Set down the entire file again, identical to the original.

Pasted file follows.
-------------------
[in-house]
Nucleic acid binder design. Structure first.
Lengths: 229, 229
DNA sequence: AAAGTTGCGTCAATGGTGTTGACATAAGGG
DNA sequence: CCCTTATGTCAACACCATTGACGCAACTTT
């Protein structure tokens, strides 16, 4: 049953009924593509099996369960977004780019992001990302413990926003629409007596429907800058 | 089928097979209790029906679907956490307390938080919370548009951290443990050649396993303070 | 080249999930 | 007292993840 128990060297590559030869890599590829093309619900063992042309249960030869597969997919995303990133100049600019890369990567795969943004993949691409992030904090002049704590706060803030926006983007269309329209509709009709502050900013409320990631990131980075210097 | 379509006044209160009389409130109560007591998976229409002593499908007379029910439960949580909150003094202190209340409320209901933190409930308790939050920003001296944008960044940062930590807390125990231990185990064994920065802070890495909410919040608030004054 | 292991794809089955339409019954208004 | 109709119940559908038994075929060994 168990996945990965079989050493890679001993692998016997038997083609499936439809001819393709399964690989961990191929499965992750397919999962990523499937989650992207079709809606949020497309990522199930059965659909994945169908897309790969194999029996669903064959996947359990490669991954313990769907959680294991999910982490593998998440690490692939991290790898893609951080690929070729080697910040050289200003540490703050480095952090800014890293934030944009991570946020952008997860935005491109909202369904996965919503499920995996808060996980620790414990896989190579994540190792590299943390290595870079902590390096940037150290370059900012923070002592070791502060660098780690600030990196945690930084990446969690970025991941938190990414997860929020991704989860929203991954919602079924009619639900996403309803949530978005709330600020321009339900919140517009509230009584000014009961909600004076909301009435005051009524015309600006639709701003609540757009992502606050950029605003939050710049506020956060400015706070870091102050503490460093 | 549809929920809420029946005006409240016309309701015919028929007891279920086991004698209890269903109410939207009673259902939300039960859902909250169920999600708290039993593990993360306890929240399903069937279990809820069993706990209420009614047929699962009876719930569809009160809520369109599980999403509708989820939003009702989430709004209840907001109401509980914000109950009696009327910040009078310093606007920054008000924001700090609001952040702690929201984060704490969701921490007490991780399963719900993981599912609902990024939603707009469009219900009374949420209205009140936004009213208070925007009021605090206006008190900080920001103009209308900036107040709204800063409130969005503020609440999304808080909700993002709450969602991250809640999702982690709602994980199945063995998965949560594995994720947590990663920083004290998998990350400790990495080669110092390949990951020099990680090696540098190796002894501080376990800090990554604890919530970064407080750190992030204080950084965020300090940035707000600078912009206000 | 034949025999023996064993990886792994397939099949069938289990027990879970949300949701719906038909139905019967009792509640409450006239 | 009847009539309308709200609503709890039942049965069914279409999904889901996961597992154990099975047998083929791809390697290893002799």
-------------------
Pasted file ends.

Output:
[in-house]
Nucleic acid binder design. Structure first.
Lengths: 229, 229
DNA sequence: AAAGTTGCGTCAATGGTGTTGACATAAGGG
DNA sequence: CCCTTATGTCAACACCATTGACGCAACTTT
């Protein structure tokens, strides 16, 4: 049953009924593509099996369960977004780019992001990302413990926003629409007596429907800058 | 089928097979209790029906679907956490307390938080919370548009951290443990050649396993303070 | 080249999930 | 007292993840 128990060297590559030869890599590829093309619900063992042309249960030869597969997919995303990133100049600019890369990567795969943004993949691409992030904090002049704590706060803030926006983007269309329209509709009709502050900013409320990631990131980075210097 | 379509006044209160009389409130109560007591998976229409002593499908007379029910439960949580909150003094202190209340409320209901933190409930308790939050920003001296944008960044940062930590807390125990231990185990064994920065802070890495909410919040608030004054 | 292991794809089955339409019954208004 | 109709119940559908038994075929060994 168990996945990965079989050493890679001993692998016997038997083609499936439809001819393709399964690989961990191929499965992750397919999962990523499937989650992207079709809606949020497309990522199930059965659909994945169908897309790969194999029996669903064959996947359990490669991954313990769907959680294991999910982490593998998440690490692939991290790898893609951080690929070729080697910040050289200003540490703050480095952090800014890293934030944009991570946020952008997860935005491109909202369904996965919503499920995996808060996980620790414990896989190579994540190792590299943390290595870079902590390096940037150290370059900012923070002592070791502060660098780690600030990196945690930084990446969690970025991941938190990414997860929020991704989860929203991954919602079924009619639900996403309803949530978005709330600020321009339900919140517009509230009584000014009961909600004076909301009435005051009524015309600006639709701003609540757009992502606050950029605003939050710049506020956060400015706070870091102050503490460093 | 549809929920809420029946005006409240016309309701015919028929007891279920086991004698209890269903109410939207009673259902939300039960859902909250169920999600708290039993593990993360306890929240399903069937279990809820069993706990209420009614047929699962009876719930569809009160809520369109599980999403509708989820939003009702989430709004209840907001109401509980914000109950009696009327910040009078310093606007920054008000924001700090609001952040702690929201984060704490969701921490007490991780399963719900993981599912609902990024939603707009469009219900009374949420209205009140936004009213208070925007009021605090206006008190900080920001103009209308900036107040709204800063409130969005503020609440999304808080909700993002709450969602991250809640999702982690709602994980199945063995998965949560594995994720947590990663920083004290998998990350400790990495080669110092390949990951020099990680090696540098190796002894501080376990800090990554604890919530970064407080750190992030204080950084965020300090940035707000600078912009206000 | 034949025999023996064993990886792994397939099949069938289990027990879970949300949701719906038909139905019967009792509640409450006239 | 009847009539309308709200609503709890039942049965069914279409999904889901996961597992154990099975047998083929791809390697290893002799």